Here is a video of the event. There's a slight glitch when the moderator's cat turned off the video, but other than that, it was great.
MICA Pets with Sophie Wiggles and Louise Cracknell from Student Affairs
LRC Academic Coaches Rebekah and Thea shared about Adapting Studio Practice at Home
Keri Watley from Wellness shared EYE and BACK stretches for those of us staring at screens too much (guilty!)
HMST first semester Senior Saloni Shah shared her THESIS work
Nurse Cat from the Student Health Center shared tips about stopping the spread of COVID-19
Soheila Ghaussy, HMST faculty, read two original POEMS
Vicky Pass from Art History shared their online resources
Andrea Regenberg from Student Counseling shared a MEDITATION technique
View the Resources Tab to view 4U on the 4th documents and links and more items from the event!
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The dead are seen as important, active members in many indigenous communities; on some views, attending to relationships with dead relatives is a distinctive mark of indigenous religious practice. The papers in this panel considered both indigenous understandings of death and the dead and indigenous celebrations of the dead in three rather distinct settings: the vėlės (spirits of the dead) in the ancient Baltic region, Día de los Muertos celebrations in Mexico and among Mexicans elsewhere, and the Día de los Muertos in the context of an ethnographic museum (the Peabody Museum, Harvard). The papers examined indigenous ontologies, the psycho-spiritual consequences of ritual behavior, and the problematic and changing dynamics of ethnographic representation, especially in a context in which the people represented are themselves having greater presence and voice. Eglute Trinkauskaite (Humanistic Studies) presented on "The Ecology of the Living Dead in Ancient Baltic Worldview.” Yuria Celidwen (Pacifica Graduate Institute) presented on "Día de Muertos: Ethics of Belonging and Rituals of Love” and Natalie Solis (Harvard) on “Día de los Muertos in Boston: Indigenous Religious Celebrations at Harvard’s Peabody Museum.” Seth Schermerhorn (Hamilton College) responded to the presentations.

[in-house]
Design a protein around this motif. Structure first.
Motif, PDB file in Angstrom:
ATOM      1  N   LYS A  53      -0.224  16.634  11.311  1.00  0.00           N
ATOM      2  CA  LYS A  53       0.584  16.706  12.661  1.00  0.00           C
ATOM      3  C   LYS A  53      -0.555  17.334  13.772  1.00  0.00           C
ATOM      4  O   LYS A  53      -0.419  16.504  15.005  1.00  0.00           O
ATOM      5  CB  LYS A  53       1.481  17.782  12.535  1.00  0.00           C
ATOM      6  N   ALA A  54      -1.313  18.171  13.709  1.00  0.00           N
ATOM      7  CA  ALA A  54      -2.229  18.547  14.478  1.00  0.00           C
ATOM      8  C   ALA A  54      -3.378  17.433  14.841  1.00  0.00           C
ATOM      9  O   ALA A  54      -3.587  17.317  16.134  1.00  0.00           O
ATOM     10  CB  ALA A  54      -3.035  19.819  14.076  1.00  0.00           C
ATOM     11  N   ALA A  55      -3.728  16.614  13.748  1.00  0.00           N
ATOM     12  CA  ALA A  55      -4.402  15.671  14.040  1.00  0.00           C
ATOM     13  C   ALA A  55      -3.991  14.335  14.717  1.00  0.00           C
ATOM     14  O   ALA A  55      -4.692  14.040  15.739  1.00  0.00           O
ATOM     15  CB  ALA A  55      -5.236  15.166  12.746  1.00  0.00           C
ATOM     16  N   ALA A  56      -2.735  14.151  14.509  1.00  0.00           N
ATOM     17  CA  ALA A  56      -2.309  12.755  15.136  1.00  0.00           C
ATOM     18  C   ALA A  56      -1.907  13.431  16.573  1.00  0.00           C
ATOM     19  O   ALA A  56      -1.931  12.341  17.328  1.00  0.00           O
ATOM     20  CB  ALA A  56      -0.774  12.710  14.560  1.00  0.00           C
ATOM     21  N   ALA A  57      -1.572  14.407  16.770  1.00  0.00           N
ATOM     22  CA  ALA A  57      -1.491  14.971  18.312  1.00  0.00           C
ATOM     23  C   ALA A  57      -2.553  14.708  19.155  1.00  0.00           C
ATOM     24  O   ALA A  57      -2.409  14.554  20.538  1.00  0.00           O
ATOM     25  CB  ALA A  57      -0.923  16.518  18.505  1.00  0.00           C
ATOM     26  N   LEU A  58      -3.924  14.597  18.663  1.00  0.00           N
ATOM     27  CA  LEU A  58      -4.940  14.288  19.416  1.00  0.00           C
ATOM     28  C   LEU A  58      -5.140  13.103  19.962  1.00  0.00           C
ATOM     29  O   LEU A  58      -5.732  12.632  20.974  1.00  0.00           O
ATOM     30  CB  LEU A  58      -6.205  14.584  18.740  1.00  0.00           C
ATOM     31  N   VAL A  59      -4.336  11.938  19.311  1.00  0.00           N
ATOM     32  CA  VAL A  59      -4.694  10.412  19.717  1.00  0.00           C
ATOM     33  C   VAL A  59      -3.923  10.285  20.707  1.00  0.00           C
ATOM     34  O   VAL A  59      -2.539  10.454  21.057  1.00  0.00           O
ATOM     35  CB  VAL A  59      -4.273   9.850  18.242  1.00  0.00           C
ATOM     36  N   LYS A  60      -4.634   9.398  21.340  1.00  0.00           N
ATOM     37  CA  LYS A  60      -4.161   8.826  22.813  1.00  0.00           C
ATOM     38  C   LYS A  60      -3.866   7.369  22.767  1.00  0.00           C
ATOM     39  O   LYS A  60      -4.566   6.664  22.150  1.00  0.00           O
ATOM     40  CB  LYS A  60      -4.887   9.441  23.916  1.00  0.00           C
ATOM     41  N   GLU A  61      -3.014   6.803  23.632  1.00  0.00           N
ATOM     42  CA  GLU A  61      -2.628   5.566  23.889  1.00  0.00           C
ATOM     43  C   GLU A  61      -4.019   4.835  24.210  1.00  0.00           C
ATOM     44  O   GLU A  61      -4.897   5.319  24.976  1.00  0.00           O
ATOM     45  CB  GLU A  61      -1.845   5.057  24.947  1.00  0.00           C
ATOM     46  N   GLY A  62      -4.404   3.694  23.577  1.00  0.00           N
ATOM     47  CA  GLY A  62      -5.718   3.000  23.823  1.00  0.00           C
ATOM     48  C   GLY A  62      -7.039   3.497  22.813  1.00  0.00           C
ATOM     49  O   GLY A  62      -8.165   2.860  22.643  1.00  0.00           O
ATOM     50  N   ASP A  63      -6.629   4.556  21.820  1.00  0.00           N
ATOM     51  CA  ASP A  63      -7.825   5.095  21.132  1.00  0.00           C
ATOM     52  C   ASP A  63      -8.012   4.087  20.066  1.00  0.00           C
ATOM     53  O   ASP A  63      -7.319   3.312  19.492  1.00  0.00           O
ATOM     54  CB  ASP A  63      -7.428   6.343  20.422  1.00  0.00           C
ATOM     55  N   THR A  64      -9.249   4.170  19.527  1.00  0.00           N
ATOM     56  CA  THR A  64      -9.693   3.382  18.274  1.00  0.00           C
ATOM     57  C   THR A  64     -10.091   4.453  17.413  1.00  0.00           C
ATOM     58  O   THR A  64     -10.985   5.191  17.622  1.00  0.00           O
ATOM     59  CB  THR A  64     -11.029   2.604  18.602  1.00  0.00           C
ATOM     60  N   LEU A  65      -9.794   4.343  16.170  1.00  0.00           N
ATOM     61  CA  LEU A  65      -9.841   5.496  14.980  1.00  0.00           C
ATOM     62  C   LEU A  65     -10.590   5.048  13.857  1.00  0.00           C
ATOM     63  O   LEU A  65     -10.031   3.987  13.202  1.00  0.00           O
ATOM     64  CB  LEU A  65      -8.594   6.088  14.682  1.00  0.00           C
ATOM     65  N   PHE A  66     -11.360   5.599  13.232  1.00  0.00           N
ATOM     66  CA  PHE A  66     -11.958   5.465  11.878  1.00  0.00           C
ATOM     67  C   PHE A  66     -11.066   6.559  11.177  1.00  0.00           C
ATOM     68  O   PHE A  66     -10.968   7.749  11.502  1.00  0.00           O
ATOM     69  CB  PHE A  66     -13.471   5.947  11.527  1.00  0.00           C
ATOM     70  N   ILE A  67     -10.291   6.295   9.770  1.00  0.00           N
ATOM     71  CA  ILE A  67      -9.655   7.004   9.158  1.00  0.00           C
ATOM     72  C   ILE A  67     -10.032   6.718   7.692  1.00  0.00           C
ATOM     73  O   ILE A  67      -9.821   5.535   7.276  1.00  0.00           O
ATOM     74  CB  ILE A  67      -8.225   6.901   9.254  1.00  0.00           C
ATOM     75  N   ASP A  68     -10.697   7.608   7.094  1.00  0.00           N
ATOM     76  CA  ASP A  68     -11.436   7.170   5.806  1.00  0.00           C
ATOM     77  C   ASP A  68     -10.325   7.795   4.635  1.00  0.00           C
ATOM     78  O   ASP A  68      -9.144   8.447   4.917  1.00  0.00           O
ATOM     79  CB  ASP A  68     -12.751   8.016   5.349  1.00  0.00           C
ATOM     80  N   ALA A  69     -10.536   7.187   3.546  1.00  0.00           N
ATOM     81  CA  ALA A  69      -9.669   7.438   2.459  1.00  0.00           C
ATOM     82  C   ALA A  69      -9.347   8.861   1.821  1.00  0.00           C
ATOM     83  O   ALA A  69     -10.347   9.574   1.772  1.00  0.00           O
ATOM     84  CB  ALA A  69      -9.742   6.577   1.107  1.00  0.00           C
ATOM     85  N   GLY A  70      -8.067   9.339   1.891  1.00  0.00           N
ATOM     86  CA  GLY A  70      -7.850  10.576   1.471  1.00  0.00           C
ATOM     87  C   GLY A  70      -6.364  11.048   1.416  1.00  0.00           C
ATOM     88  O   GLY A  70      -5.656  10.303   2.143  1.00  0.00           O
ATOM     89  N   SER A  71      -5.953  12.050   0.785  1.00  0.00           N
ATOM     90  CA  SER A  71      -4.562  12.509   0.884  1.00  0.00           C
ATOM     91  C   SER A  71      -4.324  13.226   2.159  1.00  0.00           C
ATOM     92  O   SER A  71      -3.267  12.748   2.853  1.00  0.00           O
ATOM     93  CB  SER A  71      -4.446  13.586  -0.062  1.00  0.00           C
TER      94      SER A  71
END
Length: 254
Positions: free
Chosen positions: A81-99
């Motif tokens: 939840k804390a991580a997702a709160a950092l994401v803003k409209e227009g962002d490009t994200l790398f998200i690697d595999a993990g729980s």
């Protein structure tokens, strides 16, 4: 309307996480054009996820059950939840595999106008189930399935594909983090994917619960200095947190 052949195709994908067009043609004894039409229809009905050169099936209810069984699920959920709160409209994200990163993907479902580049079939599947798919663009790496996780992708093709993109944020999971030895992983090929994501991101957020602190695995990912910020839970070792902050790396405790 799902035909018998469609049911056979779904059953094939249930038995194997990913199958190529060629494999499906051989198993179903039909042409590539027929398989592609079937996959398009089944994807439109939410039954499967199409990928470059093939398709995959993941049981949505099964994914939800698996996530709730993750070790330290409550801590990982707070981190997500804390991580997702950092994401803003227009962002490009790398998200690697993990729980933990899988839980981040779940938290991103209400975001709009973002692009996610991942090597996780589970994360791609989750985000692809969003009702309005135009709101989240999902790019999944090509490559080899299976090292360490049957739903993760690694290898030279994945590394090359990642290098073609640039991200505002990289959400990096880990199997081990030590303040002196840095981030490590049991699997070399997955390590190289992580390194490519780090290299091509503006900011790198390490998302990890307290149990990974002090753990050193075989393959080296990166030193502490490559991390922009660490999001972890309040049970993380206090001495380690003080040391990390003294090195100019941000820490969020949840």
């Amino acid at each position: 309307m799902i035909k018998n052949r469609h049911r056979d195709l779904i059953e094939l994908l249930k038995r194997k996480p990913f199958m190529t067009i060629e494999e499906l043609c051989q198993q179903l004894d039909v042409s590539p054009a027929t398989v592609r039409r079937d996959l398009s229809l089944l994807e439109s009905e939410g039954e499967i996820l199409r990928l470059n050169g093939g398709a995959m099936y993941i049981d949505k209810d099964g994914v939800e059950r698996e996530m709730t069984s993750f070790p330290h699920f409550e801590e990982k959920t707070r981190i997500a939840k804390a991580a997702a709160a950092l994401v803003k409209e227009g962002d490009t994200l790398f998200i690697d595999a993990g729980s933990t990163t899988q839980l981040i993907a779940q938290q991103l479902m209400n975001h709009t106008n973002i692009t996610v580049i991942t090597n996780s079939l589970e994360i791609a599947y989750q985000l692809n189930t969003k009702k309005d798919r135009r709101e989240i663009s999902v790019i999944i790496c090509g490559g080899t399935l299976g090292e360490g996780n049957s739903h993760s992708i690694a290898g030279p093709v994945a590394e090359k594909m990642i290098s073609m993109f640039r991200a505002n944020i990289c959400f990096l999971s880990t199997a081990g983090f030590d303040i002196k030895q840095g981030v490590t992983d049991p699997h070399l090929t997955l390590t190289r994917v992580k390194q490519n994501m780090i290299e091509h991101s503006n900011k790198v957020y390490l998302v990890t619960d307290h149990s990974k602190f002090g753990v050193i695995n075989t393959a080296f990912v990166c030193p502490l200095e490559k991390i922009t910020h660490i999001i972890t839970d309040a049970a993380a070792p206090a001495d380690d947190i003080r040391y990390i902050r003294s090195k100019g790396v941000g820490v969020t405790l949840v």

Science and religion panel explored different and alternate ways various cultures have construed the acquisition of knowledge and its relationship to the created order--different and alternative to the familiar paradigms we have inherited from the binary of the Enlightenment Science and Religion. This particular session will be devoted to discussion of issues related to the theoretical and practical implications of a scientific worldview on the forms and structures of society. Eglute Trinkauskaite (Humanistic Studies) presented on "The Magic and Science of Lithuanian Healing Charms” along with Elana Jefferson-Tatum (Tufts University), Philip P. Arnold (Syracuse University), Thomas Csordas (University of California, San Diego), and David Carrasco (Harvard University).